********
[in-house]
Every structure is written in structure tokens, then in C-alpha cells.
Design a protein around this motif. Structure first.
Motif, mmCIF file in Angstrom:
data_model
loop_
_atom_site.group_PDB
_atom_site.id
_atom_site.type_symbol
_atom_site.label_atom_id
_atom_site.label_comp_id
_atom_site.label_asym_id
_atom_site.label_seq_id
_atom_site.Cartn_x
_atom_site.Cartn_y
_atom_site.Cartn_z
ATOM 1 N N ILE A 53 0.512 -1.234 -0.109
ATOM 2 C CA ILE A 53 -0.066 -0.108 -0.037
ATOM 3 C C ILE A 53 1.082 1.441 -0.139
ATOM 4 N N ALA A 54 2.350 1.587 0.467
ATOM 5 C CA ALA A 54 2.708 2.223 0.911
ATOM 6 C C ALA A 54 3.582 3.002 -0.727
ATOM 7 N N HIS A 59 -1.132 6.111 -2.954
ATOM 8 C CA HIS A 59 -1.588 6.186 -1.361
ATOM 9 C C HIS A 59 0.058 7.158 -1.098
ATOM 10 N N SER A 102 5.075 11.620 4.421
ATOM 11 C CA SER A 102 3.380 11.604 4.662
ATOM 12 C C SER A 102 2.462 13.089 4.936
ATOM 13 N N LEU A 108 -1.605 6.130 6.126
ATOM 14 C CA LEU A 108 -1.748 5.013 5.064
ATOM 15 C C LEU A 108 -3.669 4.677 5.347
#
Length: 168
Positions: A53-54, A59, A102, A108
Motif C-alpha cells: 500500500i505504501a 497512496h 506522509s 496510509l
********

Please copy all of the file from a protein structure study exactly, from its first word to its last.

[in-house]
Every structure is written in structure tokens, then in C-alpha cells.
Design a protein around this motif. Structure first.
Motif, mmCIF file in Angstrom:
data_model
loop_
_atom_site.group_PDB
_atom_site.id
_atom_site.type_symbol
_atom_site.label_atom_id
_atom_site.label_comp_id
_atom_site.label_asym_id
_atom_site.label_seq_id
_atom_site.Cartn_x
_atom_site.Cartn_y
_atom_site.Cartn_z
ATOM 1 N N ILE A 53 0.512 -1.234 -0.109
ATOM 2 C CA ILE A 53 -0.066 -0.108 -0.037
ATOM 3 C C ILE A 53 1.082 1.441 -0.139
ATOM 4 N N ALA A 54 2.350 1.587 0.467
ATOM 5 C CA ALA A 54 2.708 2.223 0.911
ATOM 6 C C ALA A 54 3.582 3.002 -0.727
ATOM 7 N N HIS A 59 -1.132 6.111 -2.954
ATOM 8 C CA HIS A 59 -1.588 6.186 -1.361
ATOM 9 C C HIS A 59 0.058 7.158 -1.098
ATOM 10 N N SER A 102 5.075 11.620 4.421
ATOM 11 C CA SER A 102 3.380 11.604 4.662
ATOM 12 C C SER A 102 2.462 13.089 4.936
ATOM 13 N N LEU A 108 -1.605 6.130 6.126
ATOM 14 C CA LEU A 108 -1.748 5.013 5.064
ATOM 15 C C LEU A 108 -3.669 4.677 5.347
#
Length: 168
Positions: A53-54, A59, A102, A108
Motif C-alpha cells: 500500500i505504501a 497512496h 506522509s 496510509l